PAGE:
7. Differences in education are also reflected in job acquisition and earning potential. Due to lower levels of education, people of the indigenous population are less likely to be employed in professional, managerial and technical jobs that typically provide opportunities to earn more money. Indigenous peoples are more likely to be found employed in jobs with less earning potential that do not require a post-secondary degree. These jobs include trades, service industry, or agricultural jobs. Differences in work and earnings may lead to lower income and less access to much-needed services that can ensure survival and prolong life.
  8. In 2012, according to the First Nations Information Governance Centre, the unemployment of the indigenous population was 13.9 percent, 5.8 percent higher than the non-indigenous population unemployment rate of 8.1 percent. Unemployment can negatively affect many aspects of life, including both mental and physical health, as well as increasing poverty levels. This can certainly explain lower life expectancy rates.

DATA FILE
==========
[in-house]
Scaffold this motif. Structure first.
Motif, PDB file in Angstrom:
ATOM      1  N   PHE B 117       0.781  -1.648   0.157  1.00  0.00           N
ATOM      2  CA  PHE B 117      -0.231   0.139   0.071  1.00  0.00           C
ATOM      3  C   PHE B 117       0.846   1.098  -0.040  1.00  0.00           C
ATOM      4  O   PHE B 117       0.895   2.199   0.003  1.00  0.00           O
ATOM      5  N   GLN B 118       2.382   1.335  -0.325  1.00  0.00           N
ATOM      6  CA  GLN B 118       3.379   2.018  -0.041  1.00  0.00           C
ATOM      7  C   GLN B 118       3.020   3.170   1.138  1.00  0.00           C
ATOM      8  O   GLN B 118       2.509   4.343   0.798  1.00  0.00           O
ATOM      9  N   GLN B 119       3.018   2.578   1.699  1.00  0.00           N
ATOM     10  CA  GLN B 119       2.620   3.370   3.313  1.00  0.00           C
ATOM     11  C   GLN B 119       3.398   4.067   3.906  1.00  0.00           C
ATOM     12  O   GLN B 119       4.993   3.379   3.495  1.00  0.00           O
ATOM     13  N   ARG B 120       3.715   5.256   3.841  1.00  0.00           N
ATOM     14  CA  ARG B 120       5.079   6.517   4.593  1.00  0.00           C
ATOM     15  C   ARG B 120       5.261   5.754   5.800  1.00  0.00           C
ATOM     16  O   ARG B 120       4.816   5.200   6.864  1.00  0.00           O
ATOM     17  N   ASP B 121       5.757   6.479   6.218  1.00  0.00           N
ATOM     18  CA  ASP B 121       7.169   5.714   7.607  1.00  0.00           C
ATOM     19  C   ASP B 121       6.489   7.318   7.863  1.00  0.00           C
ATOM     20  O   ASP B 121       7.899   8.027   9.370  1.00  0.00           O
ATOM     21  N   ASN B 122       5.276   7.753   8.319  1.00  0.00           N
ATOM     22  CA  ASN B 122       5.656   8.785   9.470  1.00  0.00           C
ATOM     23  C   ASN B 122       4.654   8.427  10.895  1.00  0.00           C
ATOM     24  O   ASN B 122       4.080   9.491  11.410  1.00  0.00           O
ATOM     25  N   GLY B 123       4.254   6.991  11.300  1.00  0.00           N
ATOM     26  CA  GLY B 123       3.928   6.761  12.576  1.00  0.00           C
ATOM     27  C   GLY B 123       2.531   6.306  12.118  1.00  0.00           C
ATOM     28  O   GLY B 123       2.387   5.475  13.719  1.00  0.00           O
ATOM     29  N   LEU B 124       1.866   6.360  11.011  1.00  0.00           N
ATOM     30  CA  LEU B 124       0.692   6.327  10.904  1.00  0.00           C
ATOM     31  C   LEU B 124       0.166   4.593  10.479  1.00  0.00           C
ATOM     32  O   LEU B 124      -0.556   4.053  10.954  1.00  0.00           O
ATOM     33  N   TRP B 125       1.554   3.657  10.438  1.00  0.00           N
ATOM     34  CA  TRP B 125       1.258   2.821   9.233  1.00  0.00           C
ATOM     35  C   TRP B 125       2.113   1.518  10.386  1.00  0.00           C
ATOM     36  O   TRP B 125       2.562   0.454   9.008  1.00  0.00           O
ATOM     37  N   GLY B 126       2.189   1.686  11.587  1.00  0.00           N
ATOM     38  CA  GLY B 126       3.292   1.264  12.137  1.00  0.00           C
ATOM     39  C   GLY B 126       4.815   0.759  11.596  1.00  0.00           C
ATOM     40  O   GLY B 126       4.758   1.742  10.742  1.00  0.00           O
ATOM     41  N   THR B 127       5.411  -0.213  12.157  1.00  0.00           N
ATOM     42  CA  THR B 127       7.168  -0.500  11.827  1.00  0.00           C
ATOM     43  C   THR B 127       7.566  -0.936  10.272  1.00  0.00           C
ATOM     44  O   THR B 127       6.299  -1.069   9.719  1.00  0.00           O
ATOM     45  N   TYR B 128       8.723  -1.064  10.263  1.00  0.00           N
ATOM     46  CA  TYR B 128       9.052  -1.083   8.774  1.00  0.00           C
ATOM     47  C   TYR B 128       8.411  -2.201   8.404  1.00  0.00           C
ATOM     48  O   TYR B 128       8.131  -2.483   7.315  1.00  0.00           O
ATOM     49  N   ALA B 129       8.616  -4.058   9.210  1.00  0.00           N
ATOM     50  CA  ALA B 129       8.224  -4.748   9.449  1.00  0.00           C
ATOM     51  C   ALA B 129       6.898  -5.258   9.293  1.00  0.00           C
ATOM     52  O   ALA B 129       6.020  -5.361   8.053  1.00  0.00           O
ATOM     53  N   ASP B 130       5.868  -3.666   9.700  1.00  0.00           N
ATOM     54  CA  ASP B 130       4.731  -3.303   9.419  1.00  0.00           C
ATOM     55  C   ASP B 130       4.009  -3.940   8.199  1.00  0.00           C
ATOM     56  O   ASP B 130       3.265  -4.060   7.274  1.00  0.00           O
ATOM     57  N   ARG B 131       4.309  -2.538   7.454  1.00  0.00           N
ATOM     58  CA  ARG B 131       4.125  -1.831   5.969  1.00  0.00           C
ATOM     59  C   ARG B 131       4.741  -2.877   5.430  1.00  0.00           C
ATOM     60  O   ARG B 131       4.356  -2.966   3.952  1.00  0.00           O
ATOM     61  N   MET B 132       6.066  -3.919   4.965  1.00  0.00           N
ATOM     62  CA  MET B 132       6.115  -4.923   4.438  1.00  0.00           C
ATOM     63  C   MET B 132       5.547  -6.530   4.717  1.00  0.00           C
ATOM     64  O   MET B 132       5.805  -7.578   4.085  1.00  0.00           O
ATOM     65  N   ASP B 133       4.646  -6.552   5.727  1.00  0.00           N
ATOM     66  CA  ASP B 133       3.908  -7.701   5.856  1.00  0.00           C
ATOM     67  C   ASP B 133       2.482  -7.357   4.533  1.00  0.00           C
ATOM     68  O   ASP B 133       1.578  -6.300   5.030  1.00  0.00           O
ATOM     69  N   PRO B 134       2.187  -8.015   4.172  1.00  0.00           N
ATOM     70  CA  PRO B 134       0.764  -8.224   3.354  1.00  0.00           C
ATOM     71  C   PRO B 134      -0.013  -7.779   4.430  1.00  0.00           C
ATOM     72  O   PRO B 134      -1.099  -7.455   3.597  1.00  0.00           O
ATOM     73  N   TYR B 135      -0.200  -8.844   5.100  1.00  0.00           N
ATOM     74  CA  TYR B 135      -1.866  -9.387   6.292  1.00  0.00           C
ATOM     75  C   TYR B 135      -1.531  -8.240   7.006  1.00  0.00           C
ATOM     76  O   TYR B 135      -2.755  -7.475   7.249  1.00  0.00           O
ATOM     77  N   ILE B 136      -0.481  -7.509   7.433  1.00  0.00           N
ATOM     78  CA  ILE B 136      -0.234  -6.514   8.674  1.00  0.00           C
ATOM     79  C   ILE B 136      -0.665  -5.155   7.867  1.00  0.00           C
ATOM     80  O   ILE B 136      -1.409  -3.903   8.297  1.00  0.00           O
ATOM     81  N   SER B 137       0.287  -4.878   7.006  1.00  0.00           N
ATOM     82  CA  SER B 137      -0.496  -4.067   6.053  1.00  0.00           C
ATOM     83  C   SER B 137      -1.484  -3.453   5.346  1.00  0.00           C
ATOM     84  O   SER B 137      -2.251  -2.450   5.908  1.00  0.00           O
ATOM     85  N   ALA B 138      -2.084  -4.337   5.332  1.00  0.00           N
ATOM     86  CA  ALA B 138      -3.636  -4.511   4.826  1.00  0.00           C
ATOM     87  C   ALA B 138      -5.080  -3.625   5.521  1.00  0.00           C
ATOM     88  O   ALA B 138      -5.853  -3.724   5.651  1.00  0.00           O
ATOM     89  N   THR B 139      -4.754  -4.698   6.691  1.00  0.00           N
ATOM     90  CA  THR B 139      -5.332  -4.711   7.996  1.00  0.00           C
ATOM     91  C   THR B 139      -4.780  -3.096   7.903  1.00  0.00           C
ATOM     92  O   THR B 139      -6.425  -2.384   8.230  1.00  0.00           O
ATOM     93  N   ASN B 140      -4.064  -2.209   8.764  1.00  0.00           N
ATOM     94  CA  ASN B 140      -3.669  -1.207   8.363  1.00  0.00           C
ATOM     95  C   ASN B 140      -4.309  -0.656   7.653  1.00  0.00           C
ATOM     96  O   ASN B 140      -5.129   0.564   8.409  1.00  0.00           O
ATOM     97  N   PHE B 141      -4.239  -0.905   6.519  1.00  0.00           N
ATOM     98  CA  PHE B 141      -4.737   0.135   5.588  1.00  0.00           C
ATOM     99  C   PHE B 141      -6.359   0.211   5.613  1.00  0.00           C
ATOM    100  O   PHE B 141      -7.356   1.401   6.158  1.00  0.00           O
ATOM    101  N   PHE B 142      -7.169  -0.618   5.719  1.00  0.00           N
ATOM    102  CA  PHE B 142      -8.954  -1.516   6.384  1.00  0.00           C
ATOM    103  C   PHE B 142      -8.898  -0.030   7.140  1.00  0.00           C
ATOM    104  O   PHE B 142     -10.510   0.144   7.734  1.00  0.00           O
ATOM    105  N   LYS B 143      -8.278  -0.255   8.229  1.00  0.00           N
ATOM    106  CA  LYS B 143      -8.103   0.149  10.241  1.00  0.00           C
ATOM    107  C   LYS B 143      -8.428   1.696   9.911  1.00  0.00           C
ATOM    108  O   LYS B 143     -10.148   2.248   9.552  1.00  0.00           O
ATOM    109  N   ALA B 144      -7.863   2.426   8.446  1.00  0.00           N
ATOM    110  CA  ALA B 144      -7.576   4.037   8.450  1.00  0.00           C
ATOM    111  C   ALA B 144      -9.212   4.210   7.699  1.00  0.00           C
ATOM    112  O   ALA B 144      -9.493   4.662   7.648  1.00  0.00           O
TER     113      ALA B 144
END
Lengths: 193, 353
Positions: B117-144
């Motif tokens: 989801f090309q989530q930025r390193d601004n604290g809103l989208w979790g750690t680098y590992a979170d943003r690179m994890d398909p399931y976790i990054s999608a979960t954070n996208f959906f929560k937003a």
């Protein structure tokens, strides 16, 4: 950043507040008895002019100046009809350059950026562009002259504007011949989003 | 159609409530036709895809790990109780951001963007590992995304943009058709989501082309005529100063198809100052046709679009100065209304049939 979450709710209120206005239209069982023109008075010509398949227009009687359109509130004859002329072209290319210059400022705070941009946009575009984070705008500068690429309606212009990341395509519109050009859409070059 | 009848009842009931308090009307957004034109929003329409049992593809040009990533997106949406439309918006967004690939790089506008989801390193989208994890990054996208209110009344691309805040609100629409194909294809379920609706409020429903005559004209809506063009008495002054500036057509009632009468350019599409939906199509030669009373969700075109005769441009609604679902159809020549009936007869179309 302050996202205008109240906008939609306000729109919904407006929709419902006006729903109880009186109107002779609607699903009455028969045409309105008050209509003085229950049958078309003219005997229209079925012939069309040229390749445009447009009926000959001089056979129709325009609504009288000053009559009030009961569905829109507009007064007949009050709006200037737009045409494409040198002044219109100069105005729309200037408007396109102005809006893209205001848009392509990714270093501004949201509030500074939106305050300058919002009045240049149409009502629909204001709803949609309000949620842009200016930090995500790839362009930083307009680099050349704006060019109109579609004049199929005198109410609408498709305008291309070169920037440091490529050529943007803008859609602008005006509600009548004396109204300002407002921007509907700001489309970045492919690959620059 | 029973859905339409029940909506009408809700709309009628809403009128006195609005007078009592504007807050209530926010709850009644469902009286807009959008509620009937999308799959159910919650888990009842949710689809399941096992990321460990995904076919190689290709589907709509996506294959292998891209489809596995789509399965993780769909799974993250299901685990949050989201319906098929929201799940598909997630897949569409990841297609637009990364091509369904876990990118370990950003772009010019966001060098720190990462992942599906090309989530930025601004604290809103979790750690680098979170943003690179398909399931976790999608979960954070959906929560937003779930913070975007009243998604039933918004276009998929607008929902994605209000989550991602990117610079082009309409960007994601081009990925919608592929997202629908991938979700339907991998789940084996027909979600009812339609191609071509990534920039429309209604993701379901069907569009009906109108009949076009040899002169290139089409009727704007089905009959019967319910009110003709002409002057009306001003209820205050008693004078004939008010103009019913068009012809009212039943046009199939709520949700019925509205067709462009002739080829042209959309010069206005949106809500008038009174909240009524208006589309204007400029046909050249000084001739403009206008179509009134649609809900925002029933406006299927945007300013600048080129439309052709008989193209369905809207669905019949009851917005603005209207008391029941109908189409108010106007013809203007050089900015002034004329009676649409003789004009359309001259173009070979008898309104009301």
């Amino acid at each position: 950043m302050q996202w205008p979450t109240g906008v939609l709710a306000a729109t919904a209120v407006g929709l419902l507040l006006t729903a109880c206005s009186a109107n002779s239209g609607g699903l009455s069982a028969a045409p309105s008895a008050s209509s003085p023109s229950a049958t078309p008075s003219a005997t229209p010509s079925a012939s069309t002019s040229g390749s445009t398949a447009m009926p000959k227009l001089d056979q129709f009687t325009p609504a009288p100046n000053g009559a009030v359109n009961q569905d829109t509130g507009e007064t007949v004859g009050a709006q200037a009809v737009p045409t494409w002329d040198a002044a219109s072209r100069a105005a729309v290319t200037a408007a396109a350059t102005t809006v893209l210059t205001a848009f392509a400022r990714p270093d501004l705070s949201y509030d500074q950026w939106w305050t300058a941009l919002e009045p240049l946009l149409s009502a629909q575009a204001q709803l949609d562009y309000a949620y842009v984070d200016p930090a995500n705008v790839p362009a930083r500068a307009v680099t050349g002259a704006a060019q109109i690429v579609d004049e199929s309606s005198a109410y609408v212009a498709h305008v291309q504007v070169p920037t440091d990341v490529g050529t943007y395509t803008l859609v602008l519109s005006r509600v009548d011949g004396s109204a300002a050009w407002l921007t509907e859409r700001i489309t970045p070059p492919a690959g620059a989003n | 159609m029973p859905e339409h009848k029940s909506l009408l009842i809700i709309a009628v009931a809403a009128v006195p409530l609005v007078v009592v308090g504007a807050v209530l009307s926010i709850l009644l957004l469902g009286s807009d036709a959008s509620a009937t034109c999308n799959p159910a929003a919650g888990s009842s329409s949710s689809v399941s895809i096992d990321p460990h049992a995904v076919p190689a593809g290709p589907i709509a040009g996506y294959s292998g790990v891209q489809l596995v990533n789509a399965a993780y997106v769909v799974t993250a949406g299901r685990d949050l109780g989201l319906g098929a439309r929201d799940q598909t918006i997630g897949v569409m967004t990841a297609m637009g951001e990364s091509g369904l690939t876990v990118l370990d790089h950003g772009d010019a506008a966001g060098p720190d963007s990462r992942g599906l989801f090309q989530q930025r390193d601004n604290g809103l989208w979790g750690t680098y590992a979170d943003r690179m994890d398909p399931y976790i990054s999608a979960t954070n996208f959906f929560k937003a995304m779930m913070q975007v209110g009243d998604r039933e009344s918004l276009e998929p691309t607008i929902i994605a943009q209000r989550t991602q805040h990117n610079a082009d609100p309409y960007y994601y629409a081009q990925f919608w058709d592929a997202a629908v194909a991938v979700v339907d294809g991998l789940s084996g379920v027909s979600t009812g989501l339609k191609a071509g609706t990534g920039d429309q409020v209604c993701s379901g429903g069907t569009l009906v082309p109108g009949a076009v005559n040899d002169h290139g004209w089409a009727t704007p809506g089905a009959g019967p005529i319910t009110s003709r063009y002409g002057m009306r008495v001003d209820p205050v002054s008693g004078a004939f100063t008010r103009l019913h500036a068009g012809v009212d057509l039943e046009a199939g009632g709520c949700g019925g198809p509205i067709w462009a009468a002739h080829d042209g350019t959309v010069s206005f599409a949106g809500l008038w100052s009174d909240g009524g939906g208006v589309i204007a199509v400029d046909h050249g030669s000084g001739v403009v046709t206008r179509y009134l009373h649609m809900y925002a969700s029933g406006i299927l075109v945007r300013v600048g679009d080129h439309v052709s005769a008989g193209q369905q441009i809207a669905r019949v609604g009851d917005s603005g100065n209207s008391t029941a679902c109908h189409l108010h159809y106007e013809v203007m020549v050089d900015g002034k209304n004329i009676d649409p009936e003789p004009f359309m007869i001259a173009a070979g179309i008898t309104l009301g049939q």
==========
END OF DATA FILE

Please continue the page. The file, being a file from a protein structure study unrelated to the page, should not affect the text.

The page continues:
9. Poverty also influences indigenous population more than non-indigenous population. Over 80 percent, or 297 out of 367 Aboriginal reserves, had a median income lower than the national poverty line that Statistics Canada considers to be $22,133. Poverty is directly linked to chronic stress that can drastically influence health outcomes and thus lower life expectancy.
  10. One nongovernmental organization fighting these harmful effects described above is the Native Women’s Association of Canada (NWAC). The NWAC’s goal is to promote and improve the well-being of indigenous populations through policy initiatives, advocacy and projects. Some of the projects are Project PEACE, that aims to advocate for community safety nets and financial literacy programs for women and ASETS (Aboriginal Skills and Employment Strategy), a program that helps women find jobs and gain educational skills.

These 10 facts about life expectancy in Canada show that despite the fact that the country is considered to be one of the most developed in the world, there is still the unequal treatment of indigenous population and more should be done to resolve this question.

While these facts may look bleak, there are organizations that are working to improve indigenous livelihoods and reduce unjust inequalities.

– Isabella Niemeyer
Photo: Pixabay